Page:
EPA chief to be in hot seat as lawmakers dissect carbon rule
WASHINGTON, July 23 (Reuters) - U.S. Environmental Protection Agency Administrator Gina McCarthy told lawmakers on Wednesday that the agency's plan to slash carbon pollution from power plants does not overstep its authority, as some critics have said.
McCarthy testified before the Senate Environment and Public Works Committee on the EPA's first mandatory carbon cuts in the power sector, the largest source of domestic emissions. She faced questions about whether the agency had stretched the parameters of the Clean Air Act.
"EPA goes beyond the plain reading of Clean Air Act Section 111 (by) directing states to achieve questionable emission reduction targets from a limited menu of economically damaging and legally questionable 'options'," said Senator David Vitter of Louisiana, the committee's top Republican.
McCarthy said the EPA was not "expanding our authority" in crafting the proposal, adding that each state can comply with the rules as it best sees fit.
She was also questioned by Senator John Barrasso, Republican of Wyoming, about a recent New York Times article contending that the Natural Resources Defense Council, environmentalists he called "high powered Washington lobbyists," effectively wrote the plan for the EPA.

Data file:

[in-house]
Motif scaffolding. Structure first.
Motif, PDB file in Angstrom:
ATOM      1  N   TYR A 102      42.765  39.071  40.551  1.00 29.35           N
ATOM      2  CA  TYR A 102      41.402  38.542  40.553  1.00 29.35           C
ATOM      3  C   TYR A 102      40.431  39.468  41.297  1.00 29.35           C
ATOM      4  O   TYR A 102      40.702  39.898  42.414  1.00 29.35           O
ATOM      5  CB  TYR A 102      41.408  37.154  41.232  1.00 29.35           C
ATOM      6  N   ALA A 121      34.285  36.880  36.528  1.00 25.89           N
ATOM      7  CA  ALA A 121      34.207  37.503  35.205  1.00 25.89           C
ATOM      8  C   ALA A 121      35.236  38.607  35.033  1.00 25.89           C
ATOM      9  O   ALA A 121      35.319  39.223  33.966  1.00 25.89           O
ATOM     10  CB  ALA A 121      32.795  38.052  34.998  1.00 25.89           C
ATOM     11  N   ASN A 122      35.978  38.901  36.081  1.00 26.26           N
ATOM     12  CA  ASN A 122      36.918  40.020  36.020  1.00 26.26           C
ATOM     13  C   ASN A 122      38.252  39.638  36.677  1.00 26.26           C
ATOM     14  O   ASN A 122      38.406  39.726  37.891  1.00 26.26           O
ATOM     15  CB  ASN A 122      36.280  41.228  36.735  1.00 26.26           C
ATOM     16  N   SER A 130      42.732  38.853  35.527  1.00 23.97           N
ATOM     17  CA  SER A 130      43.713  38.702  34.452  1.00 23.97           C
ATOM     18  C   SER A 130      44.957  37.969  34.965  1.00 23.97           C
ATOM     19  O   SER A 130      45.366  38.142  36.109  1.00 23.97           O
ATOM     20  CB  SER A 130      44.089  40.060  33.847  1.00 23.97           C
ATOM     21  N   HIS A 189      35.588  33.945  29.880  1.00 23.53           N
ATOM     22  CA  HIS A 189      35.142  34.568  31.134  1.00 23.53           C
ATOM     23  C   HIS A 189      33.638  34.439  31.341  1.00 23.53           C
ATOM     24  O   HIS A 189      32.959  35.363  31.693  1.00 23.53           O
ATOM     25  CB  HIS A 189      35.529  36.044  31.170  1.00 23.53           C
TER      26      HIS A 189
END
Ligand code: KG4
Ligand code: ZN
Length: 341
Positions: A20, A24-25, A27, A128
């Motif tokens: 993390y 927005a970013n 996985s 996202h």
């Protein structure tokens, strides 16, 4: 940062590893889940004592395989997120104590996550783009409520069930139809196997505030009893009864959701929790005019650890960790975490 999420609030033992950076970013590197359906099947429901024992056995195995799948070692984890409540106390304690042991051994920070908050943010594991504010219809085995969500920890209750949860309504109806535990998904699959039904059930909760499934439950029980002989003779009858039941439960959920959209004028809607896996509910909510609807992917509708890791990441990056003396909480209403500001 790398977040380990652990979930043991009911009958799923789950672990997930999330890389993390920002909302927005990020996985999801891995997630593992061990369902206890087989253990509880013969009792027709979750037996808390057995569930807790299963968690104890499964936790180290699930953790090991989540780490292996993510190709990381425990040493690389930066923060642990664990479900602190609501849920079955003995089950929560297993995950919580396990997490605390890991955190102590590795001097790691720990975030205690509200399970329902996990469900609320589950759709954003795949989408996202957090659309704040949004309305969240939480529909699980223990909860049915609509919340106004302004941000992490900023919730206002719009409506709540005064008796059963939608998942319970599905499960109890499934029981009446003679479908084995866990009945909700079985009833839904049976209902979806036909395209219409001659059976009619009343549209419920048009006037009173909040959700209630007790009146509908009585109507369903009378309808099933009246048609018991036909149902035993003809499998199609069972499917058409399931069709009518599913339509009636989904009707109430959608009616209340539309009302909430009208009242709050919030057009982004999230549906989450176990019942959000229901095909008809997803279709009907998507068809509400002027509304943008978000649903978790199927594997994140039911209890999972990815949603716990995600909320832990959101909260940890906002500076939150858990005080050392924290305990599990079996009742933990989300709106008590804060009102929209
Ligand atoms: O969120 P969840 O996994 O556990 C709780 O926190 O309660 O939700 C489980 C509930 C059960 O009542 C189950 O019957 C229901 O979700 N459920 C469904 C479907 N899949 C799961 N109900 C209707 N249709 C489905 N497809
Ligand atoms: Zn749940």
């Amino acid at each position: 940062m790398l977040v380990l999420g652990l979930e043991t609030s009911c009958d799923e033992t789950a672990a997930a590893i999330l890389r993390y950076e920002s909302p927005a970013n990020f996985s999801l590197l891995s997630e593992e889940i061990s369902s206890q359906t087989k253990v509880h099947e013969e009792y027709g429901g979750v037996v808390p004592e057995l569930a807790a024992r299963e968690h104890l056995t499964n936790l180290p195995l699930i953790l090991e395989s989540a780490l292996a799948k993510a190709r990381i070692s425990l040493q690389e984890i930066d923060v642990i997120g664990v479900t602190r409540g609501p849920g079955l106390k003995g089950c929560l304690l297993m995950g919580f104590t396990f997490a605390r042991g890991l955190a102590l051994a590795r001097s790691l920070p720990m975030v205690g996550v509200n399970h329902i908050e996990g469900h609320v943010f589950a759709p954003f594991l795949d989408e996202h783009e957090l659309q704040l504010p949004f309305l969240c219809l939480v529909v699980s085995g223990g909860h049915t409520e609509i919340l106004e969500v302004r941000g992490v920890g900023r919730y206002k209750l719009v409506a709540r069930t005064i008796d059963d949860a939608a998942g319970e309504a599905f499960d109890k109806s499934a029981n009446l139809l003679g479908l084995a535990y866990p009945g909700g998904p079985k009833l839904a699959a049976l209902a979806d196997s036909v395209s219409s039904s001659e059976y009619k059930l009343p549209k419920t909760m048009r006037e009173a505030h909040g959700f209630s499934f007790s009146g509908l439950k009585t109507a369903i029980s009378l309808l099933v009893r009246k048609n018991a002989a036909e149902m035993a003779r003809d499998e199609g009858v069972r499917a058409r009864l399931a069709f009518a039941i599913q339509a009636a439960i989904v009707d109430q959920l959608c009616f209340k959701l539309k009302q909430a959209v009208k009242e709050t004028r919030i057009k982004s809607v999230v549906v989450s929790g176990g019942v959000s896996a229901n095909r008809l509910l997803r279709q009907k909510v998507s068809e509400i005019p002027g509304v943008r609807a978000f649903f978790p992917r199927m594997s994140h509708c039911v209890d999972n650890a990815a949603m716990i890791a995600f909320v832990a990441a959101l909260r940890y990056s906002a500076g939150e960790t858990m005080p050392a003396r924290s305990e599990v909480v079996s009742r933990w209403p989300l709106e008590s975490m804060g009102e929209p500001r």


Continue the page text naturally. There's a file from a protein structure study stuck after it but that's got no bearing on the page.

"I know how hard the great staff at EPA worked to design this rule, basically from whole cloth," McCarthy said, adding that she met more times with electric utilities than she met with the NRDC.
To mollify lawmakers who contend the EPA is waging war on fossil fuels, McCarthy said that coal and natural gas will remain a part of the U.S. energy mix.
"This plan ... builds on action already under way to modernize aging plants, increase efficiency and lower pollution, and paves a more certain path for conventional fuels in a clean energy economy," McCarthy said.
The rule sets the country's power sector on a course to reduce carbon dioxide emissions by an average of 30 percent below 2005 levels by 2030. Each state will have a customized target to reduce the carbon intensity of electricity production below 2012 levels by 2030.
Manufacturing and energy industry groups aired concerns in a letter sent to McCarthy on Tuesday.
The Partnership for a Better Energy Future, a coalition of business organizations formed in January to lobby against the EPA's plans, said the proposal would be too disruptive to the U.S. energy system and should be dumped.
The group also hinted at potential legal action, arguing that the EPA had overstepped the bounds of the Clean Air Act to draft its complex rule.
"Even more fundamentally, the proposal is based on a flawed interpretation of the Clean Air Act. We therefore urge EPA to go back to the drawing board on this rule," the group wrote. (Click here to see PDF)
McCarthy said the proposal was not a radical approach to slashing carbon emissions.
"This proposal is designed to be moderate in its ask," McCarthy told senators. "We will get significantly more benefit than we are requiring."